“’Do you have a card sir?’ The liveried man asked. Your Poppa just ignored him and began hollering, ‘Earl. You SOB. Get out here. We got us some talking to do.’ “
“Did he ever come out?” Elizabeth was completely focused on the story.
“No… Poppa opened a door that went to the Governor’s office. A man working at a desk and jumped up, ‘You can’t come in here. The Governor is a busy man. You have to make an appointment to see him.’ But your Poppa is not much of one to stop once he gets started down a road like this.”
“Well?” I asked. “What happened?”
“He marched in the room anyway, ‘Earl. Where the hell are you?’ he hollered. Then he heard some rustling of paper and a snort from behind a door. Daddy strode over to it but the secretary got between him and the door. Daddy tossed the skinny man aside. He pounded on the bathroom door with the butt of his fist, ‘Earl. Get out here now. Or I swear to God I will kick this door in on your ample ass.’”
“Did he kick it in?”
“He flung the door open. It had no lock. And there sat the Governor reading the paper on his newly installed Crapper – named for the inventor himself, you know.” Daddy digressed.
“Daddy! Don’t do that.” My sister and I both groaned, “What happened when he opened the door?”
“Well, Poppa bellowed and called him a ‘land grabbing cheat’ and a ‘low life good for nothin’ carpet bagger’. Ol’ Earl stood up and stuck his nasty ol’ rump at your Poppa taunting him.”
“No!” my sister gasped. I collapsed in a pile of giggles in the backseat.
“Yes he did. Poppa took out his pistol and shot ol’ Earl right in the butt cheek. And ol’ Earl was angry as an ol’ wet hen. Apparently he howled and then grabbed his drawers and started after Poppa, hitchin’ ‘em up as he went to follow him. Poppa was not leaving though. He went to the Governor’s desk across the room, slammed down the notice of seizure and demanded that the Governor rescind it. Ol’ Earl had used his power to take the land and then sell it to himself for a penny an acre. And there he stood in his bloody trousers crowing over what a smart thing he’d done. “
“What a scoundrel. How could he get away with that?” Eliza asked.
“Well, he was governor and he had the power to do most anything. But while they stood their arguing the state po-lice came and arrested your Poppa. Earl was so damn mad at Poppa for shooting him he had him taken straight to Parchman,” Daddy shoved the last of a candy bar in his mouth.
“Parchman? How long did he stay there?” I was back on my perch on the chair hump. Every child in Mississippi knows that Parchman is where folks got sent to die. Adults told small children and teens alike that if they were not “right with Jesus” they’d end up at Parchman on their way to hell. Some even said it was hell.
“Not long actually as ol’ Earl was by now embarrassed he had been shot in his backside. They decided to charge Poppa with larceny for ‘stealing’ his own farm equipment off that land that Earl stole from him and for refusing to leave the land. They had a trial in Yazoo and sentenced him to 5 years in the Parchman,” Daddy licked the last smears of chocolate off his right thumb.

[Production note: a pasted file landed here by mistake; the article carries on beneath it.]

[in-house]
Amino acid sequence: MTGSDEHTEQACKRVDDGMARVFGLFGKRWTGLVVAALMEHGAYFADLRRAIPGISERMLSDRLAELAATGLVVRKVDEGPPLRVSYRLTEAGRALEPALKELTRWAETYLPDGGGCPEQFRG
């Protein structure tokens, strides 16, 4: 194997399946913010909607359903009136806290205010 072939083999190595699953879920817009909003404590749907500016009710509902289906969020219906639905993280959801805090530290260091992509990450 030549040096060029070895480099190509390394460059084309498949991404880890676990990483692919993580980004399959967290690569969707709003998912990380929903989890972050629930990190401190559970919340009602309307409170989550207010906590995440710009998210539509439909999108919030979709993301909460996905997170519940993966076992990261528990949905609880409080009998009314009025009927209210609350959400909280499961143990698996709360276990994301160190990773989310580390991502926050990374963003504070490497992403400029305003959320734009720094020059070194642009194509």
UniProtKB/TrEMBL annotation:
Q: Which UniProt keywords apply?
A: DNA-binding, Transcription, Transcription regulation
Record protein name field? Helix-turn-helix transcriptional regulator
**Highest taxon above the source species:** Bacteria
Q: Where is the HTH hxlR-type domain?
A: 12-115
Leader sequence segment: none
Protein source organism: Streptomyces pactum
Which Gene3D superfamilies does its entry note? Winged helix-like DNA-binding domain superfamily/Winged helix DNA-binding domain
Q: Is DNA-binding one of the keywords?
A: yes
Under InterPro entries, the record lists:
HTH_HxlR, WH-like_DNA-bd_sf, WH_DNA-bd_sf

“Five years?” I was outraged, “That ain’t fair. It was his land…”
“Yes but families can have long, ugly memories,” Daddy explained. “Poppa was sent straight back to Parchman from the trial and left Miss Carrie at home with babies underfoot. “
“Poor Grandma…how did she cope with getting kicked off the farm?” Eliza looked out the window.
“That’s the kicker. Earl never kicked her off. He never planned to run them off. He just wanted to own the land so he could get the mineral rights and sell off the oil and gas that he knew was there. Your grandma, Poppa’s twin Annie Gooden, and her husband got in Poppa’s truck a month or so later and went to the governor’s mansion to see Miss Minnie, Earl’s wife,” Daddy continued the story as he slowed to center the boards on a particularly narrow iron and crosstie bridge.
“What for?” I asked.
“Well, Miss Minnie and Mama’s folks went way back in the old Huguenot community. Miss Minnie had no idea that it was her husband’s cousin who had shot him. So the two women had a set down and the entire story came out. Miss Minnie was not happy about her husband stealing from family.”
“I bet,” said Elizabeth.
“So the two women marched into the Governor’s office and Miss Minnie interrupted him to give him an earful. That woman was an imposing lady and she clearly had his number. By the end he had re-deeded the land back to your Poppa and agreed to a pardon so Poppa could go home,” Daddy turned off the dirt road. “But your Poppa never would give the state of Mississippi a nickel more than he had to after that…he paid his taxes because he had to but would not let any oil and gas folks on the property. He’d rather earn his keep then have to get in any kind of business with folks who were friends of Earl’s.”
We pulled slowly into the yard of the house as ten or twelve hounds of various sizes and pedigrees pulled and stretched themselves out from under the cool of the porch. Poppa sat in a cane bottomed chair on the porch, his Resistol hat on the knee of his crisply creased khaki clad crossed leg. A stretch of white skin showed above his freshly polished black boots. He slightly lifted a hand in his usual dour greeting.
My sister and I scrambled out of the car, skipped and jumped over and around the dogs and up the stairs to where Poppa sat, gave him a big hug and a kiss on the top of his mostly bald head. We then headed in to be greeted by our tobacco stained Aunt and Uncle with the genuine faux leather sofa and the mingled smells of snuff, fried chicken, butterbeans, and cornbread.